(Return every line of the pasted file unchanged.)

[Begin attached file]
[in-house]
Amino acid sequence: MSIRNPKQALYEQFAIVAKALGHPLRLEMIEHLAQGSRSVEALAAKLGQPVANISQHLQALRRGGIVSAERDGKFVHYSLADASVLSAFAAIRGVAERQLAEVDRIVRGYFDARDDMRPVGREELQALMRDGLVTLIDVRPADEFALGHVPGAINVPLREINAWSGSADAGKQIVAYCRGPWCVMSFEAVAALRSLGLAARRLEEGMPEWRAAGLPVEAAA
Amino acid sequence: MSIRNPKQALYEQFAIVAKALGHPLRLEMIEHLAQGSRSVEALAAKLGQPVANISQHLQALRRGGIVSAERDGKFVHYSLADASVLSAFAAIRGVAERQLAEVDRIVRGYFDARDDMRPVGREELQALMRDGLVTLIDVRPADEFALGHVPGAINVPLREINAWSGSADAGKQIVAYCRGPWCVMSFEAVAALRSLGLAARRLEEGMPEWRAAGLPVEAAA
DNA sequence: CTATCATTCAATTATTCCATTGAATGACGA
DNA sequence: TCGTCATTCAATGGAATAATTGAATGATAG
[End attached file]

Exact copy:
[in-house]
Amino acid sequence: MSIRNPKQALYEQFAIVAKALGHPLRLEMIEHLAQGSRSVEALAAKLGQPVANISQHLQALRRGGIVSAERDGKFVHYSLADASVLSAFAAIRGVAERQLAEVDRIVRGYFDARDDMRPVGREELQALMRDGLVTLIDVRPADEFALGHVPGAINVPLREINAWSGSADAGKQIVAYCRGPWCVMSFEAVAALRSLGLAARRLEEGMPEWRAAGLPVEAAA
Amino acid sequence: MSIRNPKQALYEQFAIVAKALGHPLRLEMIEHLAQGSRSVEALAAKLGQPVANISQHLQALRRGGIVSAERDGKFVHYSLADASVLSAFAAIRGVAERQLAEVDRIVRGYFDARDDMRPVGREELQALMRDGLVTLIDVRPADEFALGHVPGAINVPLREINAWSGSADAGKQIVAYCRGPWCVMSFEAVAALRSLGLAARRLEEGMPEWRAAGLPVEAAA
DNA sequence: CTATCATTCAATTATTCCATTGAATGACGA
DNA sequence: TCGTCATTCAATGGAATAATTGAATGATAG